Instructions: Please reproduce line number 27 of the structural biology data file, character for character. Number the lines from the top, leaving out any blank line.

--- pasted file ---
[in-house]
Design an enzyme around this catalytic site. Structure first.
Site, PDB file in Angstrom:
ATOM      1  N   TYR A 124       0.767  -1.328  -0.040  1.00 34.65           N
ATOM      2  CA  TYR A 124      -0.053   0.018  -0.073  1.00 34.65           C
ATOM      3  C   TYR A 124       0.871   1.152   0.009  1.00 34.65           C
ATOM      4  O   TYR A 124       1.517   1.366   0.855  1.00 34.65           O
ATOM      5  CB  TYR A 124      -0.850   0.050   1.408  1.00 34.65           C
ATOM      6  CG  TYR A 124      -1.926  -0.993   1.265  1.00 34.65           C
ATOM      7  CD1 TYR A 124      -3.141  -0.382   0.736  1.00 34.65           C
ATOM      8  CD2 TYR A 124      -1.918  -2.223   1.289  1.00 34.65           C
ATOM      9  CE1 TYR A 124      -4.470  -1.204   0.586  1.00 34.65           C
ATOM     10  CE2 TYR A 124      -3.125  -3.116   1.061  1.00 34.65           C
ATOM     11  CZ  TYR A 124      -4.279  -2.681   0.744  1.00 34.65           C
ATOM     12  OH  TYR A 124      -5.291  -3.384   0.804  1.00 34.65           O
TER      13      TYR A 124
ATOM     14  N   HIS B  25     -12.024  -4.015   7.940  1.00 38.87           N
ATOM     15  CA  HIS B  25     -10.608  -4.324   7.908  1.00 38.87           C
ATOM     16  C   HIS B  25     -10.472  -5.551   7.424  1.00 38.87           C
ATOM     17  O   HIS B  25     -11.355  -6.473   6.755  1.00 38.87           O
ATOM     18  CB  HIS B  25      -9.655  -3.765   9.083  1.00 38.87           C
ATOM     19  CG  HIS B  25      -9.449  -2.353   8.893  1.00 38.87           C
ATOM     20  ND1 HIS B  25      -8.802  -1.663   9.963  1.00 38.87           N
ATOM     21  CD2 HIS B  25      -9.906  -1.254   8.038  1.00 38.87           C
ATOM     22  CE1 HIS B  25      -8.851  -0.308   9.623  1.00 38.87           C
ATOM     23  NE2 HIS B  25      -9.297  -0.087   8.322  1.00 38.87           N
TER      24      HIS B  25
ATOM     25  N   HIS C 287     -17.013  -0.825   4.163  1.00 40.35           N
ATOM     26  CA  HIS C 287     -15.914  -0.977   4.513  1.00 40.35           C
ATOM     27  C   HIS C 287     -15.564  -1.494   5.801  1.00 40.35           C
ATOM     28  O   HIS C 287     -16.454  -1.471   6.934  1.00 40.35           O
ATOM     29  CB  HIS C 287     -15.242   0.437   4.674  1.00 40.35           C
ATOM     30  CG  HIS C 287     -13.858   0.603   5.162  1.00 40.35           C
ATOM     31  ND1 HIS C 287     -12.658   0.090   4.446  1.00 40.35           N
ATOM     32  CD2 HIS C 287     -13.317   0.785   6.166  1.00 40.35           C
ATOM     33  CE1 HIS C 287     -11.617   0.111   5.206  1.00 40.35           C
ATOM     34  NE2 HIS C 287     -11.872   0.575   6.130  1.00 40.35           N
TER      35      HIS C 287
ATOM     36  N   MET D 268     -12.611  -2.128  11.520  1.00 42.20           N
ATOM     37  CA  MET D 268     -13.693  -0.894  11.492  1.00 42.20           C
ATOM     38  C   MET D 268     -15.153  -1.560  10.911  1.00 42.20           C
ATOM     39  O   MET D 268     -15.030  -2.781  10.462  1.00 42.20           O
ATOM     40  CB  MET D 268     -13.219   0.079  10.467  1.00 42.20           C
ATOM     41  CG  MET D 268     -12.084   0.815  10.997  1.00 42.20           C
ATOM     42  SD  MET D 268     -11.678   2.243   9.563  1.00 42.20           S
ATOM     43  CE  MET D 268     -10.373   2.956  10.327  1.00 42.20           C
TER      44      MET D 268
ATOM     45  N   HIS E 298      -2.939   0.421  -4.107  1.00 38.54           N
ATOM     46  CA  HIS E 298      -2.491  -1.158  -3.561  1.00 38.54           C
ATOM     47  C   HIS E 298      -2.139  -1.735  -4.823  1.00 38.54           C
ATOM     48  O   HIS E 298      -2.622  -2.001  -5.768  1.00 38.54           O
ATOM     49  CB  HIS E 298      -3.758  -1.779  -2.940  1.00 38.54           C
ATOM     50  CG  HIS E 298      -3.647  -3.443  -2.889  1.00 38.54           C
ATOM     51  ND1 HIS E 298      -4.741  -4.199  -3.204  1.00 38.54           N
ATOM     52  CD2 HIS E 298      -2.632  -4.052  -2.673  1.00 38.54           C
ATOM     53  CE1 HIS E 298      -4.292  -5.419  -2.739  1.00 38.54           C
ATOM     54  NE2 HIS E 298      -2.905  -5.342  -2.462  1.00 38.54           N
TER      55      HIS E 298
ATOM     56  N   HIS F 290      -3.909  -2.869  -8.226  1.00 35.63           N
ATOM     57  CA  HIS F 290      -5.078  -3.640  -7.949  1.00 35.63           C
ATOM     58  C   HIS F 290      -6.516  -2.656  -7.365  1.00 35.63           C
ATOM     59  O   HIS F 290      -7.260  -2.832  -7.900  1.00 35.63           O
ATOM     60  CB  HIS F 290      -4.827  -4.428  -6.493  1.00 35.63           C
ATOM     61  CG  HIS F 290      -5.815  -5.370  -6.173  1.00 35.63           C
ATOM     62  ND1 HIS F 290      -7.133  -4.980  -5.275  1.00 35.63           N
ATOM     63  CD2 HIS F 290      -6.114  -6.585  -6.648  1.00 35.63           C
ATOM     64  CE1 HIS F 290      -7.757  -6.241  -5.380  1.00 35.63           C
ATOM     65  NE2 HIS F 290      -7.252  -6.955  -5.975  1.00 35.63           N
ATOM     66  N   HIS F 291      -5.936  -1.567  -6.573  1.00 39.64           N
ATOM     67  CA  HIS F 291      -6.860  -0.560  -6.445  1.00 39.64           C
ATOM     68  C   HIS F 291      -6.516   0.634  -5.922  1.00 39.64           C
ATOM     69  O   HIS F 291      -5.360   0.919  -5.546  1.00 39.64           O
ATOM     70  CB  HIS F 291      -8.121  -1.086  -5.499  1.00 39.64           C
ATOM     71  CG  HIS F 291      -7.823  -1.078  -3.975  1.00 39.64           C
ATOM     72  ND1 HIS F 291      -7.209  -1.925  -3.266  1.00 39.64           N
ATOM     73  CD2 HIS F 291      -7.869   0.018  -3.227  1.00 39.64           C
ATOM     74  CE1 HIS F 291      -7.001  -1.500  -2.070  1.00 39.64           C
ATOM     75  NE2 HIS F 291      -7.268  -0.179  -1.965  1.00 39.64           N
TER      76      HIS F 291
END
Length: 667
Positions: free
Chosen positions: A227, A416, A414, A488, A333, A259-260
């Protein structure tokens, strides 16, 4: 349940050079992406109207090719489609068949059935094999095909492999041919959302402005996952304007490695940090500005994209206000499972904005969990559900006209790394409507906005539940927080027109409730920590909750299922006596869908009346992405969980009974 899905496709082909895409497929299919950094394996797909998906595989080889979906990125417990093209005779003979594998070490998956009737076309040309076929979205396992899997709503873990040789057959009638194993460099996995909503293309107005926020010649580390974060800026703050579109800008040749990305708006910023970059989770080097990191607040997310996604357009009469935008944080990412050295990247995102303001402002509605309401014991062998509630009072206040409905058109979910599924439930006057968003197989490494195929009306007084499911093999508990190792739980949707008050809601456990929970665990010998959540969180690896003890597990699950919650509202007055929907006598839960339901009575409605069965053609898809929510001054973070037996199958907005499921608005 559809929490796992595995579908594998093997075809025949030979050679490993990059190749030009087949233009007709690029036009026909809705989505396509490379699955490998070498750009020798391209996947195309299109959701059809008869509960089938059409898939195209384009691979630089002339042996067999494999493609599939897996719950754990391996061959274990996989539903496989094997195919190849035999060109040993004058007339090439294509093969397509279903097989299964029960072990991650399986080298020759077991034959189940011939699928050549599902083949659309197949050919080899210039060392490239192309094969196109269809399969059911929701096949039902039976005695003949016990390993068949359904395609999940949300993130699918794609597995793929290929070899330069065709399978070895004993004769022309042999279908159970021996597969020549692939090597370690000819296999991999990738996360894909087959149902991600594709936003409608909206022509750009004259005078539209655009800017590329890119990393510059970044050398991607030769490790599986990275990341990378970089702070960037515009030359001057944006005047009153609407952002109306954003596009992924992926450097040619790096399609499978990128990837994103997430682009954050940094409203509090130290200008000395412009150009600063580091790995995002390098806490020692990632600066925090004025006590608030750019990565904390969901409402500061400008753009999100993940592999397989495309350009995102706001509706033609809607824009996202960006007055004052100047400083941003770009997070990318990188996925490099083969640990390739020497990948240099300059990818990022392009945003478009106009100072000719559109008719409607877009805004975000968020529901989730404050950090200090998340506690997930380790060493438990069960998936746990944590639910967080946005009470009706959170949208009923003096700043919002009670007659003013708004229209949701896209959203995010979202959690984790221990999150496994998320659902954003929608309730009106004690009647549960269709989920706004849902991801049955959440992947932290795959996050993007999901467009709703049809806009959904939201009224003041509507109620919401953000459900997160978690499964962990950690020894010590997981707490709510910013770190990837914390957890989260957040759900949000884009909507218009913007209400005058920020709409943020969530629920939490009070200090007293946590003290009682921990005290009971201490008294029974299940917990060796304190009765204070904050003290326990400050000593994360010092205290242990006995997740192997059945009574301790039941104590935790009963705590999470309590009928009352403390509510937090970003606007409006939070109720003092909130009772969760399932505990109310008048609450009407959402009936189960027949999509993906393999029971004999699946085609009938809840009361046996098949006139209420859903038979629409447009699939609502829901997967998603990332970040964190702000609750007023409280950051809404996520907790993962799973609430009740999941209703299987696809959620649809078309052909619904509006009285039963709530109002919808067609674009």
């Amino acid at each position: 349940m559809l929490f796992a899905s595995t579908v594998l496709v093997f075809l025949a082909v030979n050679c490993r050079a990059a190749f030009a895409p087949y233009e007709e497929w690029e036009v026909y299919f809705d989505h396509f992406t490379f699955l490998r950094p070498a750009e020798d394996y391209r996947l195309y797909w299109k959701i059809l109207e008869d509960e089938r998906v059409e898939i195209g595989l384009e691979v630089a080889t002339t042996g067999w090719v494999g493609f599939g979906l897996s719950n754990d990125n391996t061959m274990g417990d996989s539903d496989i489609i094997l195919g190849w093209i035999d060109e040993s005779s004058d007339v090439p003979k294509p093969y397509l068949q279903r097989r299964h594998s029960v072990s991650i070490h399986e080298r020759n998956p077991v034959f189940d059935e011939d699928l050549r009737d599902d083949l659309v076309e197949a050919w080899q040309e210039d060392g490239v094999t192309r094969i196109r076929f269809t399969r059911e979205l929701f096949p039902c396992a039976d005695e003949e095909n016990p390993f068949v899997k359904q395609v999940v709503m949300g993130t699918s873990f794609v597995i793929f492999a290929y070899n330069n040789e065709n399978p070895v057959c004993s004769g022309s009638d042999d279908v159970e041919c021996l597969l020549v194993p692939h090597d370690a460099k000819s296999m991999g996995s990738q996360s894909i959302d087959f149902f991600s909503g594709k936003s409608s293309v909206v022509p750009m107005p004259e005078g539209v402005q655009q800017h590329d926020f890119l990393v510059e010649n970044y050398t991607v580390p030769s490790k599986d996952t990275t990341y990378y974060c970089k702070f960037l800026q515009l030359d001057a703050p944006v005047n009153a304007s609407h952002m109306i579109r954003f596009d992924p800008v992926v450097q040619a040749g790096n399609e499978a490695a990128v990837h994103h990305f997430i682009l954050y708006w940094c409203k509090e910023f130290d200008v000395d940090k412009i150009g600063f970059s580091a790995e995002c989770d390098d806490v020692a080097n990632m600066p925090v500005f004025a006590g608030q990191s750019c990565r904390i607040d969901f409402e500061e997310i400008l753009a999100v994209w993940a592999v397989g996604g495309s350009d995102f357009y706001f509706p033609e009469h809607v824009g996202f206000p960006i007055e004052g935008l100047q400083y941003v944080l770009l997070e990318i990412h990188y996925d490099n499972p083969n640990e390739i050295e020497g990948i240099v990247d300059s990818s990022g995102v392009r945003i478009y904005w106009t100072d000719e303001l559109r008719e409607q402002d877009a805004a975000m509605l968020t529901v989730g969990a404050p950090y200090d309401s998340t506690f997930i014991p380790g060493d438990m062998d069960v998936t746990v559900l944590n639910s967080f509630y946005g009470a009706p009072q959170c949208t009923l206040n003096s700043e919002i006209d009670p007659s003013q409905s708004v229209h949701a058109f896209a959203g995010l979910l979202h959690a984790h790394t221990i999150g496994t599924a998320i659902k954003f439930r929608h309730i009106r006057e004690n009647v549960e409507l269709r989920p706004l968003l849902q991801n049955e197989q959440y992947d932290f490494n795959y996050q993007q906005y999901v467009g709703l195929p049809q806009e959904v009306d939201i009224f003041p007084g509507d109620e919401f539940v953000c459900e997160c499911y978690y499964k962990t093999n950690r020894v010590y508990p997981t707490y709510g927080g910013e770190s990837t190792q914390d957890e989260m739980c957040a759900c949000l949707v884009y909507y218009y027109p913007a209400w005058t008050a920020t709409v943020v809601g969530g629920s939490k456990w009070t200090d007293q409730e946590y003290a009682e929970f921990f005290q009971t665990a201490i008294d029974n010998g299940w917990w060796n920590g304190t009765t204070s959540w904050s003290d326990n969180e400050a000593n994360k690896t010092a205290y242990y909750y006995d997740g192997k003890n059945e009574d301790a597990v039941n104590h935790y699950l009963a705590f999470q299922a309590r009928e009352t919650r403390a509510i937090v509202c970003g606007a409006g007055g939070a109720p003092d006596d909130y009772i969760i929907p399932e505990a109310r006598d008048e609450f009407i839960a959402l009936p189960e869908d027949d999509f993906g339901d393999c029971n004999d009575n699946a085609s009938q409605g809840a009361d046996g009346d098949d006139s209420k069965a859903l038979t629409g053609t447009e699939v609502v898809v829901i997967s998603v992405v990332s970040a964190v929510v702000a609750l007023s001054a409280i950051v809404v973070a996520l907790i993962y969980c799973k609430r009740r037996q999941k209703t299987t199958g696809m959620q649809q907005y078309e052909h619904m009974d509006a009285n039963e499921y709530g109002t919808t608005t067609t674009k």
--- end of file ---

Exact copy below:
TER      24      HIS B  25